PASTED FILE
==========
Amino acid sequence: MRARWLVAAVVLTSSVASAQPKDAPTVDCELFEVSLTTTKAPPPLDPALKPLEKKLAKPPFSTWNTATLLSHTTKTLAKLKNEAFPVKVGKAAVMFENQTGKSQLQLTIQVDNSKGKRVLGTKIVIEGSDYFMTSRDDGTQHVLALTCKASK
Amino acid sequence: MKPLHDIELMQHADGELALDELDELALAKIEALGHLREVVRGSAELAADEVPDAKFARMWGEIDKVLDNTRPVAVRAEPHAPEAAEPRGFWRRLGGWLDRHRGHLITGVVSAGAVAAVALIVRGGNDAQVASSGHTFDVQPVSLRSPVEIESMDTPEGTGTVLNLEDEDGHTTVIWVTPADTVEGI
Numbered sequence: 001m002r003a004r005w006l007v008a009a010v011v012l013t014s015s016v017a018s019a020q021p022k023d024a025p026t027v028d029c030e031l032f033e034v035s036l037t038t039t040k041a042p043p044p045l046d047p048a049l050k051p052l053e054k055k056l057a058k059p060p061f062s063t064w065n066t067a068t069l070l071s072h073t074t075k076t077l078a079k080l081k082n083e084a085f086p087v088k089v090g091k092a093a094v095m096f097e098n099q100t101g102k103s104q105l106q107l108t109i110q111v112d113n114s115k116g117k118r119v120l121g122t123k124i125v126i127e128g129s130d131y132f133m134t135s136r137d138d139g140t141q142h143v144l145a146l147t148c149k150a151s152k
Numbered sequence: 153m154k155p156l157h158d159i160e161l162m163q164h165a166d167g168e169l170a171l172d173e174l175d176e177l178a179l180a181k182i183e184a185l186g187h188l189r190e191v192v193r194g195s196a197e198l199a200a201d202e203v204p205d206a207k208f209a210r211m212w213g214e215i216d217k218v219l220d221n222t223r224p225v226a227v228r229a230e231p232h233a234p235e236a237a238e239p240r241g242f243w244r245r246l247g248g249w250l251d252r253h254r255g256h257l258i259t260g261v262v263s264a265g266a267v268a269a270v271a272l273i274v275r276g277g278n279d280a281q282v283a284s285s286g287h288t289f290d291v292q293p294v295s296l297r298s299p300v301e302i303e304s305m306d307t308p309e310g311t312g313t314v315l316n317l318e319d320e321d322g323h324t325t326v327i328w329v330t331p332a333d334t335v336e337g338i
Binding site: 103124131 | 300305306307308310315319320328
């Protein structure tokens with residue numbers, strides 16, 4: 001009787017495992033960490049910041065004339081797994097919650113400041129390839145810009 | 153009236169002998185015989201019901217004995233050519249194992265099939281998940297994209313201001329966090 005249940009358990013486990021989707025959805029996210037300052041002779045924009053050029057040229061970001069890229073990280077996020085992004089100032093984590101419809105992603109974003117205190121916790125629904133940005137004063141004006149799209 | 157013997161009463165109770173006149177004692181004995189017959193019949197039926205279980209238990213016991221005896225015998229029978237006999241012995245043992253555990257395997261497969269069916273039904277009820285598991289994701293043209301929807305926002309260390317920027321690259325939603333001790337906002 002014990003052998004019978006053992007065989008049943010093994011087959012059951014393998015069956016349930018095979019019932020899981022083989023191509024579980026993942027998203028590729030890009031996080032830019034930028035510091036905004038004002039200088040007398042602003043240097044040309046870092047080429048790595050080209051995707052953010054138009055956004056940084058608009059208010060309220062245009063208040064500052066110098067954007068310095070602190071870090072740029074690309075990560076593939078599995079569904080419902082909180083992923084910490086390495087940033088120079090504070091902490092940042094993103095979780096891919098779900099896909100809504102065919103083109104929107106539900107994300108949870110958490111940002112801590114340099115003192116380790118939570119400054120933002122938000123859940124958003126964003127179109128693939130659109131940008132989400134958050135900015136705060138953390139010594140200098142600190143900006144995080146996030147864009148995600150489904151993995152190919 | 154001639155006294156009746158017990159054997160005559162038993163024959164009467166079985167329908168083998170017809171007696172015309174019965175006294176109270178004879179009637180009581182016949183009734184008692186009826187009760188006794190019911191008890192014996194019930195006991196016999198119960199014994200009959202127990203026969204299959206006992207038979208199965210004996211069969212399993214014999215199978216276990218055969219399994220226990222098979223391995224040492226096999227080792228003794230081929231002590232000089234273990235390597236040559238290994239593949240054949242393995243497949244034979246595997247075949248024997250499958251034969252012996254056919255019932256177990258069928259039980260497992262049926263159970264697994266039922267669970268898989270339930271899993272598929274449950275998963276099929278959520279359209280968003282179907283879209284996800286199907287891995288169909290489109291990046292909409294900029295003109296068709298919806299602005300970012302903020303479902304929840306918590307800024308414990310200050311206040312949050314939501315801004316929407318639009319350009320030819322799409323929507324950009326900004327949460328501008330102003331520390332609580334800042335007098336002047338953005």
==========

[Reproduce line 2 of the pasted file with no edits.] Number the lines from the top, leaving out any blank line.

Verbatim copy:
Amino acid sequence: MKPLHDIELMQHADGELALDELDELALAKIEALGHLREVVRGSAELAADEVPDAKFARMWGEIDKVLDNTRPVAVRAEPHAPEAAEPRGFWRRLGGWLDRHRGHLITGVVSAGAVAAVALIVRGGNDAQVASSGHTFDVQPVSLRSPVEIESMDTPEGTGTVLNLEDEDGHTTVIWVTPADTVEGI